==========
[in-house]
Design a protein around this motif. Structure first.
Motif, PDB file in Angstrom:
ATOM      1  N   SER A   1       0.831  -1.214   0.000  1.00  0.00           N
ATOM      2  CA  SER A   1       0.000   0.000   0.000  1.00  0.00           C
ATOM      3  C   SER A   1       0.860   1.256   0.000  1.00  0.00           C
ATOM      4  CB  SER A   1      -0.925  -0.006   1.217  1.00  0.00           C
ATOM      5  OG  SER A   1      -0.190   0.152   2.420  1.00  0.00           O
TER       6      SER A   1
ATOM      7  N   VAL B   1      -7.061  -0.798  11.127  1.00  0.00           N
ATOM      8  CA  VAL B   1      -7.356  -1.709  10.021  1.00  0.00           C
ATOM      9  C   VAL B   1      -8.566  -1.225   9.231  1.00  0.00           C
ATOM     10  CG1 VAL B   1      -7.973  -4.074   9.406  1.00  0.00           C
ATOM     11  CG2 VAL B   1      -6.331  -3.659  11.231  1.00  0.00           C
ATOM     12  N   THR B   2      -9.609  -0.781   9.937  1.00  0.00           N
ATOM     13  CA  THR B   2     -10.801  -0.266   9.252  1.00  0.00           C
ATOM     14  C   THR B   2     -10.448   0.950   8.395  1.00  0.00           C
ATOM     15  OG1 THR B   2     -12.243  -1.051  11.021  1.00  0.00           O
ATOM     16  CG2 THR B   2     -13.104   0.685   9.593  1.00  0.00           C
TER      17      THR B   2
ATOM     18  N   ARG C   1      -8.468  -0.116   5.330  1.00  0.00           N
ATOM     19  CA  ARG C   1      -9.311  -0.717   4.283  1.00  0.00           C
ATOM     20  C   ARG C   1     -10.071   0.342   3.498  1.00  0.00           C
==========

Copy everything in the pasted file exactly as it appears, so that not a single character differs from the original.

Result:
[in-house]
Design a protein around this motif. Structure first.
Motif, PDB file in Angstrom:
ATOM      1  N   SER A   1       0.831  -1.214   0.000  1.00  0.00           N
ATOM      2  CA  SER A   1       0.000   0.000   0.000  1.00  0.00           C
ATOM      3  C   SER A   1       0.860   1.256   0.000  1.00  0.00           C
ATOM      4  CB  SER A   1      -0.925  -0.006   1.217  1.00  0.00           C
ATOM      5  OG  SER A   1      -0.190   0.152   2.420  1.00  0.00           O
TER       6      SER A   1
ATOM      7  N   VAL B   1      -7.061  -0.798  11.127  1.00  0.00           N
ATOM      8  CA  VAL B   1      -7.356  -1.709  10.021  1.00  0.00           C
ATOM      9  C   VAL B   1      -8.566  -1.225   9.231  1.00  0.00           C
ATOM     10  CG1 VAL B   1      -7.973  -4.074   9.406  1.00  0.00           C
ATOM     11  CG2 VAL B   1      -6.331  -3.659  11.231  1.00  0.00           C
ATOM     12  N   THR B   2      -9.609  -0.781   9.937  1.00  0.00           N
ATOM     13  CA  THR B   2     -10.801  -0.266   9.252  1.00  0.00           C
ATOM     14  C   THR B   2     -10.448   0.950   8.395  1.00  0.00           C
ATOM     15  OG1 THR B   2     -12.243  -1.051  11.021  1.00  0.00           O
ATOM     16  CG2 THR B   2     -13.104   0.685   9.593  1.00  0.00           C
TER      17      THR B   2
ATOM     18  N   ARG C   1      -8.468  -0.116   5.330  1.00  0.00           N
ATOM     19  CA  ARG C   1      -9.311  -0.717   4.283  1.00  0.00           C
ATOM     20  C   ARG C   1     -10.071   0.342   3.498  1.00  0.00           C